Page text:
As the International Year of Astronomy 2009 (IYA2009) reaches its six-month milestone, over a million people have already looked at the sky through a telescope for the first time, and even more have newly engaged in astronomy. This is just one of many achievements, as countless ongoing projects and planned initiatives indicate that the IYA2009 is well on the way towards achieving many of its goals.
UNESCO and the International Astronomical Union (IAU) launched 2009 as the International Year of Astronomy under the theme "The Universe, Yours to Discover". The IYA2009 is a global celebration of astronomy and its contributions to society and culture, with events at national, regional and global levels throughout the whole of 2009. Now, halfway through 2009, much has been achieved and even more can be expected in the future.
The Galileoscope project headlines the IYA2009. With the aim of providing low-cost telescopes that offer views far better than those obtained by Galileo Galilei some 400 years ago, the venture has picked up significant pace since the IYA2009 began. By the end of July, the first 60 000 Galileoscopes will have been shipped, and a further 100 000 are currently in production. More than 4000 Galileoscopes have been generously donated by the IYA2009 and individuals to organisations and schools in developing countries. This gesture aptly demonstrates the commitment of astronomy enthusiasts to the IYA2009 goal of making the skies accessible to all.
But perhaps the most impressive figures for the IYA2009 have come from the national activities that have brought together hundreds of thousands of people in many countries for astronomy-themed events. For example, more than 400 000 people gathered for the Sunrise Event on New Year's Day in Busan City, South Korea. In Brazil, the 2009 Brazilian Olympiad of Astronomy and Astronautics saw more than 750 000 students participate from 32 500 schools. In Paraguay, the IYA2009 launch featured a concert with more than 1600 musicians and an audience of over 15 000. In Norway, every student from grades 5-11 will soon receive a free astronomy kit, including a Galileoscope and an educational guide. For the first time in postal service history, and in just six months, more than 70 postal agencies around the world have issued over 140 new stamps inspired by astronomy.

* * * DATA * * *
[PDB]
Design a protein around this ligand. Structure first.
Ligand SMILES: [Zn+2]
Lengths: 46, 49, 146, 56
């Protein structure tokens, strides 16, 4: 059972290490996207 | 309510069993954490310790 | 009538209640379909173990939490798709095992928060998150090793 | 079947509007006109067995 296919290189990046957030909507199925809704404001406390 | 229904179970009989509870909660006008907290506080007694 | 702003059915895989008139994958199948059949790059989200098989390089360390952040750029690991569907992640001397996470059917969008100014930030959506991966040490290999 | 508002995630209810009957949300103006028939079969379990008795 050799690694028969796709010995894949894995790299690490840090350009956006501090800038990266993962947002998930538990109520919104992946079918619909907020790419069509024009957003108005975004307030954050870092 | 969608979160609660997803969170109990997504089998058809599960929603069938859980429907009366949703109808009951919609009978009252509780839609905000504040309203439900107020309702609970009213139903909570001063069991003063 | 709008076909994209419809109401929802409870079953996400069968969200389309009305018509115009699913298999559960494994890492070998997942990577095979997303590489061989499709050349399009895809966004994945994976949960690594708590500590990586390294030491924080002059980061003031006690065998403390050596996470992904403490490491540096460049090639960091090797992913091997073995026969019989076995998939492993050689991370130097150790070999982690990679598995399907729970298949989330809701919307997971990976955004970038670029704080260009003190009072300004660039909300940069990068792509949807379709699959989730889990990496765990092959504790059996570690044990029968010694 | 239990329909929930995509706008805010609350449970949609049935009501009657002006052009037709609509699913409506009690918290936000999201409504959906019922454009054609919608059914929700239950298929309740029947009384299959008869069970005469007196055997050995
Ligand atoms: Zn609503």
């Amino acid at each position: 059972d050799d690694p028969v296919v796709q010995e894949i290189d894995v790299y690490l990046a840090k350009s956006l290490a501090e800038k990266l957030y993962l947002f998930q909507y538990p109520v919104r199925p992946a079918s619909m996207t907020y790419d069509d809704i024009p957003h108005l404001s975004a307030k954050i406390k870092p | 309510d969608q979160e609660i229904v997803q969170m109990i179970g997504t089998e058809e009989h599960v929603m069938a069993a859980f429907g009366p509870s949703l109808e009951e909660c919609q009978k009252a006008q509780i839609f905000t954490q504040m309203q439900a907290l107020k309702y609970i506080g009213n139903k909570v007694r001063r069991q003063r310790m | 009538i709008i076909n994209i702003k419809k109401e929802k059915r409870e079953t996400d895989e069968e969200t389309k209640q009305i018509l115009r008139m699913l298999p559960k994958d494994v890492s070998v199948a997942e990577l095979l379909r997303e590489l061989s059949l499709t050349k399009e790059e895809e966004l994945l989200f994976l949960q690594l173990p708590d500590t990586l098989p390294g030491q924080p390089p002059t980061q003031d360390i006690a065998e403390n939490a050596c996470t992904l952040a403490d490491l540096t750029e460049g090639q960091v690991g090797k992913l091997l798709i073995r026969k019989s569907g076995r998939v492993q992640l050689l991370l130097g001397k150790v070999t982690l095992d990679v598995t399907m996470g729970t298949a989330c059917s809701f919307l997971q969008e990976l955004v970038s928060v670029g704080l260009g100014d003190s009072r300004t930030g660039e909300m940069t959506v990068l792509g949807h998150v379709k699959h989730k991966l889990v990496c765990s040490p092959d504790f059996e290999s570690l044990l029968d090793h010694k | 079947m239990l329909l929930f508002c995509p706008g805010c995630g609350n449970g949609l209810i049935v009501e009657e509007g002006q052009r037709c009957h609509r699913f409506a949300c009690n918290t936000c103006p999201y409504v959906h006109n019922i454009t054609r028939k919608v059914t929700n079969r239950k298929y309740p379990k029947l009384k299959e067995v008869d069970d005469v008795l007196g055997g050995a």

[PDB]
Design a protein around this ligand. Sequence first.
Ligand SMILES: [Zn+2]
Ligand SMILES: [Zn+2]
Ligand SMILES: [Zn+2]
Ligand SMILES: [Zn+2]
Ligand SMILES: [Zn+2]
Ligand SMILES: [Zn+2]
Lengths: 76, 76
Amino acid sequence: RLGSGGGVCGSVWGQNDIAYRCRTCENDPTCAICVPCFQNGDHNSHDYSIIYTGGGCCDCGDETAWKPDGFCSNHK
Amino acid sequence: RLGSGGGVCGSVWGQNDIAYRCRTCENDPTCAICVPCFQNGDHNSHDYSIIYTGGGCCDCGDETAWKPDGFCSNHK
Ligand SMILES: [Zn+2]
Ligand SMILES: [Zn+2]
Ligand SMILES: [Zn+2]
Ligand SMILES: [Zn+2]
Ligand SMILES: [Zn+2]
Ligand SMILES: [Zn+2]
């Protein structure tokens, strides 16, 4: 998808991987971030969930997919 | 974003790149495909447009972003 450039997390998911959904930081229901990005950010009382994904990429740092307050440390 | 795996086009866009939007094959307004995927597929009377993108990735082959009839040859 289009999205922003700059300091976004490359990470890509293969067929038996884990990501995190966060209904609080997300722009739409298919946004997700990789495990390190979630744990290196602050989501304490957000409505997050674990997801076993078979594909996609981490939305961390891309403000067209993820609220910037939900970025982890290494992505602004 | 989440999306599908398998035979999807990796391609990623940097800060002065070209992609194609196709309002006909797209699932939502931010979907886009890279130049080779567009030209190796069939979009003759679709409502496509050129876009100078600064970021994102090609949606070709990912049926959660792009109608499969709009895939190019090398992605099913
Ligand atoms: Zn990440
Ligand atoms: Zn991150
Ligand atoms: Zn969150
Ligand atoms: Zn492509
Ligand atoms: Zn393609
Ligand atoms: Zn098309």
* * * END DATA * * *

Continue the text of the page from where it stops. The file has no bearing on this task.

IAU President Catherine Cesarsky says, "It's amazing to see just how far the International Year of Astronomy 2009 has progressed over the last six months. The hard work put in by professional and amateur astronomers is making the IYA2009's theme, ‘The Universe, Yours to Discover' a reality."
The many other signature events of the IYA2009 have further enabled astronomy enthusiasts to share their excitement. In April, the highly anticipated 100 Hours of Astronomy extravaganza kicked off. This planet-wide celebration involved over 100 countries and thousands of events, with more than two million people taking part in observing events. Widely regarded as an outstanding success, 100 Hours of Astronomy brought people from all seven continents together with the help of a live 24-hour webcast called "Around the World in 80 Telescopes". This groundbreaking broadcast was watched by over 150 000 individuals.
Astronomical images have the power to inspire people to think about our place in the Universe, a fact used by From Earth To The Universe (FETTU), a project to run exhibitions in unusual locations around the world, like train stations and shopping malls. So far, over 60 countries around the world have signed up to host FETTU exhibitions in more than 200 separate locations.
Dark Skies Awareness is an ongoing initiative to combat light pollution and raise awareness of the importance of deep darkness for appreciating and studying the cosmos. As part of this effort, the GLOBE At Night project encourages members of the public to become citizen scientists by performing star-counts and reporting their findings. The 2009 campaign, held this March, garnered 15 700 measurements, nearly 80 percent more than the previous record in 2007.
The Cosmic Diary Cornerstone project continues to flourish. Professional scientists are blogging about their lives and work, giving the public an insight into what it is really like to be a researcher. Since its launch on 1 January 2009, the Cosmic Diary has recruited 60 professional astronomers from 28 countries. There have been over 1000 blog posts, attracting more than 97 000 visitors.
Further impressive web statistics are provided by the Portal To The Universe (PTTU), a global, one-stop clearinghouse for online astronomy content. The PTTU serves as an index and aggregator for astronomy content for laypeople, press, educators, decision-makers, scientists and more. During its first two months of operation, the PTTU has featured more than 2500 press releases, almost 1500 podcast episodes, 10 000 blog posts and received almost 100 000 visitors.